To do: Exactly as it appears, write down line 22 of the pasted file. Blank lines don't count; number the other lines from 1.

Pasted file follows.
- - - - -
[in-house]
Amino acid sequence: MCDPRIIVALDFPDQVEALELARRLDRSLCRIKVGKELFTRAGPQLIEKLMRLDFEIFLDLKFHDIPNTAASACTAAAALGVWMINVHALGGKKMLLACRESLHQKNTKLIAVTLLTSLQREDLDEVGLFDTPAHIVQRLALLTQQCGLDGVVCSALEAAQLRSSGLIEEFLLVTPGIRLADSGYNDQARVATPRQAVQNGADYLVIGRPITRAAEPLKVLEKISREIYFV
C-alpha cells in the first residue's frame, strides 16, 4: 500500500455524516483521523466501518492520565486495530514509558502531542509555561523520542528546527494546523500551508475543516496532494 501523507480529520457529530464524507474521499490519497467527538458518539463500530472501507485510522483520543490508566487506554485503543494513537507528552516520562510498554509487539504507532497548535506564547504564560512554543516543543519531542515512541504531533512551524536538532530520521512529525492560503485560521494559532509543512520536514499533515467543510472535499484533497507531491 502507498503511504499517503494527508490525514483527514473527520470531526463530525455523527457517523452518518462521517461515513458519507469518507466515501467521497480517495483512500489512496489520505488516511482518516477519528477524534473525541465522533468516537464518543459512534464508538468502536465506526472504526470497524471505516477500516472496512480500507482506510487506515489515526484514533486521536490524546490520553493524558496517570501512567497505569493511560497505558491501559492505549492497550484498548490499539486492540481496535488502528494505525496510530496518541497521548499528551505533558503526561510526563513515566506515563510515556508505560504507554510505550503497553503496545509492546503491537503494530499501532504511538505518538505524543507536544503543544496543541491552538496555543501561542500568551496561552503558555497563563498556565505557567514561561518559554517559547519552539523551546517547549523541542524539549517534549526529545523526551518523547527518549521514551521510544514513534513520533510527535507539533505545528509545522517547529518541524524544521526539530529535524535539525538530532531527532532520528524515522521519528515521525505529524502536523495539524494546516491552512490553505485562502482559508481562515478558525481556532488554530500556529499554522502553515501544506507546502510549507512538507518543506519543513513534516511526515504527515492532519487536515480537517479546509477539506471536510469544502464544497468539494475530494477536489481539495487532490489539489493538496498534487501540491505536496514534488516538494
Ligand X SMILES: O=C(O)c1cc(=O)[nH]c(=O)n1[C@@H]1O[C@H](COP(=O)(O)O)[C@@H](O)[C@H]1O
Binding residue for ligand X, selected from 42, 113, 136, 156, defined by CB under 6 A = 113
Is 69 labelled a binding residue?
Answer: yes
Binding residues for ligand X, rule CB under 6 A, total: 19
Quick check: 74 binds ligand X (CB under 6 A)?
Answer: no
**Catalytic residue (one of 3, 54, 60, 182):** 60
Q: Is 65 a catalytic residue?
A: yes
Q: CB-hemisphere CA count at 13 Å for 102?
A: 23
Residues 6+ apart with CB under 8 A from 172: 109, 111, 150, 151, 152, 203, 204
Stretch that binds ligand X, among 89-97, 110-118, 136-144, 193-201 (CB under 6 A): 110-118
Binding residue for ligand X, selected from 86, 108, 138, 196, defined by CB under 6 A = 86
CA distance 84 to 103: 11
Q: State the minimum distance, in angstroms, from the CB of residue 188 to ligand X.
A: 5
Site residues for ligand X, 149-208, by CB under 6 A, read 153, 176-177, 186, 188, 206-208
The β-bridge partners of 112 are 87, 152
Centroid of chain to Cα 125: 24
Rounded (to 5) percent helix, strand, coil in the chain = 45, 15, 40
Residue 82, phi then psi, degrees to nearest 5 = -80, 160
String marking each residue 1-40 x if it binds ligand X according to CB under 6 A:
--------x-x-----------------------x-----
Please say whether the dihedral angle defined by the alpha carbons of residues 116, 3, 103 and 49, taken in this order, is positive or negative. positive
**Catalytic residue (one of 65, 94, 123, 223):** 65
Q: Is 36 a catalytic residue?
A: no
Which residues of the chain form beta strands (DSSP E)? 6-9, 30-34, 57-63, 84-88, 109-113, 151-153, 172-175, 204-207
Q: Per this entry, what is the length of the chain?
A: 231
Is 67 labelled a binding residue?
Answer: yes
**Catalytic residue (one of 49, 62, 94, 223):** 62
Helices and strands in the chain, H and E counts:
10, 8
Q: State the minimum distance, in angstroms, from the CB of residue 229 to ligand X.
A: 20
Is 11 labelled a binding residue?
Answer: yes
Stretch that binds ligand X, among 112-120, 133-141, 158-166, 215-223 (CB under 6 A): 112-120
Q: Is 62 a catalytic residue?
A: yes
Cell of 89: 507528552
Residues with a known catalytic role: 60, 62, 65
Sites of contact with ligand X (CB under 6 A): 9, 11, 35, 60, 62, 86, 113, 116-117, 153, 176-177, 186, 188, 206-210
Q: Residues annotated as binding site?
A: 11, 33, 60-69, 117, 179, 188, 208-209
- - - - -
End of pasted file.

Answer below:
Site residues for ligand X, 149-208, by CB under 6 A, read 153, 176-177, 186, 188, 206-208